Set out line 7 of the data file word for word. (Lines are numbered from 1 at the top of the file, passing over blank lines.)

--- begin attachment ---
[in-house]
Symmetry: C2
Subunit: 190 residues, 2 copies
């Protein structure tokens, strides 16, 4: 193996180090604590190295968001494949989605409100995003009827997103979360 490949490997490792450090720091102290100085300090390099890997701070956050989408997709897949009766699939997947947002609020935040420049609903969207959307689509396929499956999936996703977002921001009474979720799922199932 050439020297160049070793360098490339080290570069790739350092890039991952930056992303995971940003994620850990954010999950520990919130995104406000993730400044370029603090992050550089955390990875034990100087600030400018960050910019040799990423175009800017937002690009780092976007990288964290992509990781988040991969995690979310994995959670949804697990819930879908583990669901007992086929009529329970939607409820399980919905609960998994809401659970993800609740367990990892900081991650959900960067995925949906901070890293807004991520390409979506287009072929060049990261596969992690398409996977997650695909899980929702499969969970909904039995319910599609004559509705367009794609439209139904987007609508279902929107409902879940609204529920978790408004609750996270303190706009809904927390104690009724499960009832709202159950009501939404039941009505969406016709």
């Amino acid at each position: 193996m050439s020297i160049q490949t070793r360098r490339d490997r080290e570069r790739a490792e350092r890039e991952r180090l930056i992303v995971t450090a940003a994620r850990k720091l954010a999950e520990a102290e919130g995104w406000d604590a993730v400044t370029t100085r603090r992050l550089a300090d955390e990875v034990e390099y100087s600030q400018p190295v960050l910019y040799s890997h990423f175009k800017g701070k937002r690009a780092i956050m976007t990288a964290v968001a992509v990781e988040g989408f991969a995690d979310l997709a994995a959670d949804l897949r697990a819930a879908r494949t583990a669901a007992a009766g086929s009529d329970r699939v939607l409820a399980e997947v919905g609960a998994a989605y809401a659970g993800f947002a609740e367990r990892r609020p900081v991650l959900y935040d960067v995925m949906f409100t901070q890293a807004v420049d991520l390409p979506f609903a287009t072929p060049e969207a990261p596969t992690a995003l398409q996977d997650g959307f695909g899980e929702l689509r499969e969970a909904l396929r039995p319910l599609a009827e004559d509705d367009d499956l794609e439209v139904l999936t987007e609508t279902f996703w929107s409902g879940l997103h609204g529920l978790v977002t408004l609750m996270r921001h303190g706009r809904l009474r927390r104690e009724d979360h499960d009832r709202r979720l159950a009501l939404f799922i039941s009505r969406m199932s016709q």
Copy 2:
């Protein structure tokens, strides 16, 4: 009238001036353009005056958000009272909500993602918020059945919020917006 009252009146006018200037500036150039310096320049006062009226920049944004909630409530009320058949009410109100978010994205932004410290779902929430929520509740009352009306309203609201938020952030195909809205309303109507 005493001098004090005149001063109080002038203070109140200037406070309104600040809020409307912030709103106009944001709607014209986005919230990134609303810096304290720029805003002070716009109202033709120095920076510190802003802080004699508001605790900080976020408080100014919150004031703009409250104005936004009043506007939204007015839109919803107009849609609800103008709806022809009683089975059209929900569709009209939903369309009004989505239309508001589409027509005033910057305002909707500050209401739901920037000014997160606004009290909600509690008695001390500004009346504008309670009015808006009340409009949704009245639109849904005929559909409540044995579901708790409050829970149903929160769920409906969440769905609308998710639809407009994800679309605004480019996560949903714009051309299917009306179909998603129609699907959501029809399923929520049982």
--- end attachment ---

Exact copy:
């Protein structure tokens, strides 16, 4: 009238001036353009005056958000009272909500993602918020059945919020917006 009252009146006018200037500036150039310096320049006062009226920049944004909630409530009320058949009410109100978010994205932004410290779902929430929520509740009352009306309203609201938020952030195909809205309303109507 005493001098004090005149001063109080002038203070109140200037406070309104600040809020409307912030709103106009944001709607014209986005919230990134609303810096304290720029805003002070716009109202033709120095920076510190802003802080004699508001605790900080976020408080100014919150004031703009409250104005936004009043506007939204007015839109919803107009849609609800103008709806022809009683089975059209929900569709009209939903369309009004989505239309508001589409027509005033910057305002909707500050209401739901920037000014997160606004009290909600509690008695001390500004009346504008309670009015808006009340409009949704009245639109849904005929559909409540044995579901708790409050829970149903929160769920409906969440769905609308998710639809407009994800679309605004480019996560949903714009051309299917009306179909998603129609699907959501029809399923929520049982």